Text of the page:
Philanthropy can take many forms, including volunteerism, community service and charitable giving. These are just some of the outward-focused practices that enrich our communities and promote the well-being of our neighbors. In this Conversation with Donors, we’d like to introduce you to Phil and Lynda Savage, who are lifelong examples of broad and generous altruism, and whom we are proud to call friends of the Foundation.
The Savages have deep roots in San Bernardino. Lynda’s family arrived when she was an infant, and several generations of Phil’s family have resided here, including his grandfather, Dr. Philip Savage, whose vision of community care and compassion resulted in the establishment of St. Bernardine’s Hospital in 1931, and his father and uncle who, with three other doctors, started the San Bernardino Medical Group.
With the exception of time spent outside of the area during college, Phil and Lynda have lived, worked, raised a family in, and supported this community they love and call home.
Although Phil’s grandfather and father were both physicians, he says, “I knew I didn’t want to be a doctor, but I was interested in a profession that combined my love of analysis, problem-solving and serving people.” He decided to pursue a career in law, obtaining his degree from UC Hastings in San Francisco while Lynda taught elementary school.
After graduation, the Savages moved back to be near family in San Bernardino. Phil built a thriving law practice specializing in Trust and Estate Law. Lynda retired from teaching when their son, Philip IV, and daughter, Sheryl, entered school.
Even as a young, busy family, the Savages always found time for community involvement. A long list of organizations they’ve supported includes local college and university foundations, Making Hope Happen Foundation, the Arrowhead United Way, the San Bernardino City Library Foundation, and the now-defunct YWCA, which Phil’s mother and grandmother also supported. Additionally, Phil was the first president of the San Bernardino Humane Society, and Lynda has been extensively involved with the Assistance League of San Bernardino, while also serving 25 years on the SBCUSD school board. She’s the current president of the San Bernardino Symphony Guild, “for the third time!” she laughs. Phil says that probably his greatest contribution to his community was the 2-3 years he worked almost full time in leading the city’s Charter Review Committee to draft an essentially completely new Charter for San Bernardino as a council-manager form of government, and then getting it adopted by his city.
Phil became acquainted with IECF – then called The Community Foundation (TCF) – in the late 1980s. “I was convinced that my clients could do good things for their community through Donor Advised Funds,” he remembers. “I had done a lot of work in establishing nonprofits, and I began to think about starting a community foundation for San Bernardino.” Conversations with TCF’s executive director led to the concept of a single foundation serving both communities. Phil joined TCF’s board and was part of the expansion of our services which now cover both Riverside and San Bernardino Counties.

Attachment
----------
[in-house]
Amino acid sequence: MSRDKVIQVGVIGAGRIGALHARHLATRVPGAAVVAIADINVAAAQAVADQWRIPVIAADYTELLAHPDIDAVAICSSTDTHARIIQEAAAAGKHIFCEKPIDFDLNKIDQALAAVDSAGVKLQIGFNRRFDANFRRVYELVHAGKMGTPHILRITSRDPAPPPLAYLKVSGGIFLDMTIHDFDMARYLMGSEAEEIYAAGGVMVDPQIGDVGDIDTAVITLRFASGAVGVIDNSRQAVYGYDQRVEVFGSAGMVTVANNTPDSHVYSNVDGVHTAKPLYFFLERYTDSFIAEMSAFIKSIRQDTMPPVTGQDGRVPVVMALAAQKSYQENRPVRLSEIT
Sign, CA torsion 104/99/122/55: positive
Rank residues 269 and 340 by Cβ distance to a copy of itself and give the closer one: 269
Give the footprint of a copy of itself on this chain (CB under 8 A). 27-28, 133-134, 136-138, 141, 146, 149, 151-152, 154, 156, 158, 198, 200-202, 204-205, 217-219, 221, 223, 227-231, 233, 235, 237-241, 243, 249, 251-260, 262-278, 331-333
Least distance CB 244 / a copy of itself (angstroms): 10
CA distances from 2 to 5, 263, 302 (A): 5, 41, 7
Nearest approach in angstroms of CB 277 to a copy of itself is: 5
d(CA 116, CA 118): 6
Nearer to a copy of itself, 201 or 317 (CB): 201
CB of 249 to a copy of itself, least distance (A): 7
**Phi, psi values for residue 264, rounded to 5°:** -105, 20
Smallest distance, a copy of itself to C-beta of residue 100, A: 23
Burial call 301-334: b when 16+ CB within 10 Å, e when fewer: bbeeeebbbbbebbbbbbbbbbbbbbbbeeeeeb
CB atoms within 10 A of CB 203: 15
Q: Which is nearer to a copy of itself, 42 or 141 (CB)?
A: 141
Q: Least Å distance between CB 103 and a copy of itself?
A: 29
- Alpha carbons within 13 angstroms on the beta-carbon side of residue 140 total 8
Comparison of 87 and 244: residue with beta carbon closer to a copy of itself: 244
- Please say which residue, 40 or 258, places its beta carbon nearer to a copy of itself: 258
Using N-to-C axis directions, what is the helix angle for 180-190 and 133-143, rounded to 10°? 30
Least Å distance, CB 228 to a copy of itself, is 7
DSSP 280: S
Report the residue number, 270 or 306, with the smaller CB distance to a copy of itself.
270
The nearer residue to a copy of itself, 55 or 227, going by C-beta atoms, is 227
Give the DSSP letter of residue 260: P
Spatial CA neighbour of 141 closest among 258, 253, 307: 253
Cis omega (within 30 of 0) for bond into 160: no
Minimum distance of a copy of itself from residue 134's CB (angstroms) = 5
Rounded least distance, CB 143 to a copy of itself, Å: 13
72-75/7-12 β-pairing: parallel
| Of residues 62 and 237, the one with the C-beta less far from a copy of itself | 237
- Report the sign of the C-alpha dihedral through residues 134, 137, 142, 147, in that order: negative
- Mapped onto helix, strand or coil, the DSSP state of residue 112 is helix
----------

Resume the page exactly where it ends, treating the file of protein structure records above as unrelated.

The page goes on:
“I’ve always been impressed with the Foundation,” Phil shares, “and particularly with their boards of directors. They work well together, they administer their funds well, and the structure is just solid.”
Phil and Lynda have long-term confidence in IECF, and have named the Foundation as the primary philanthropic beneficiary in their estate plan. “We trust the Foundation. The important thing to us is knowing that IECF will be here to continue distributing funds to the causes we care about – long after we’re gone.” He points out that “good organizations like the San Bernardino YWCA were previously named in our estate plan, but now it is gone.” Lynda adds, “I don’t have to worry about where our funds will be distributed; I know that our money will be used to its best advantage.”
Their children are named as advisors on the fund and will help give direct guidance so the Savage’s wishes are fulfilled. Their son, Philip Savage IV, is a past IECF board member and board chair, demonstrating the family’s generational engagement with the Foundation.
Of particular importance to them today is early childhood education. “Lynda and I are most concerned for kids who are disadvantaged. If we, as a community, can’t give them what they need, they’re going to be lost for their whole lives.”
Phil’s advice to other donors stems from his work in estate planning. “A community foundation is the best way to administer a Donor Advised Fund, rather than a commercial investment organization. That’s because they care about their community, they know what’s going on, and they can help ensure the funds are being used in the best way and according to the donor’s original wishes.”
IECF is grateful to Phil and Lynda Savage for their heartfelt commitment to the betterment of their community. We’re honored by their trust in us as we strive to create a more vibrant, equitable and just region for all.
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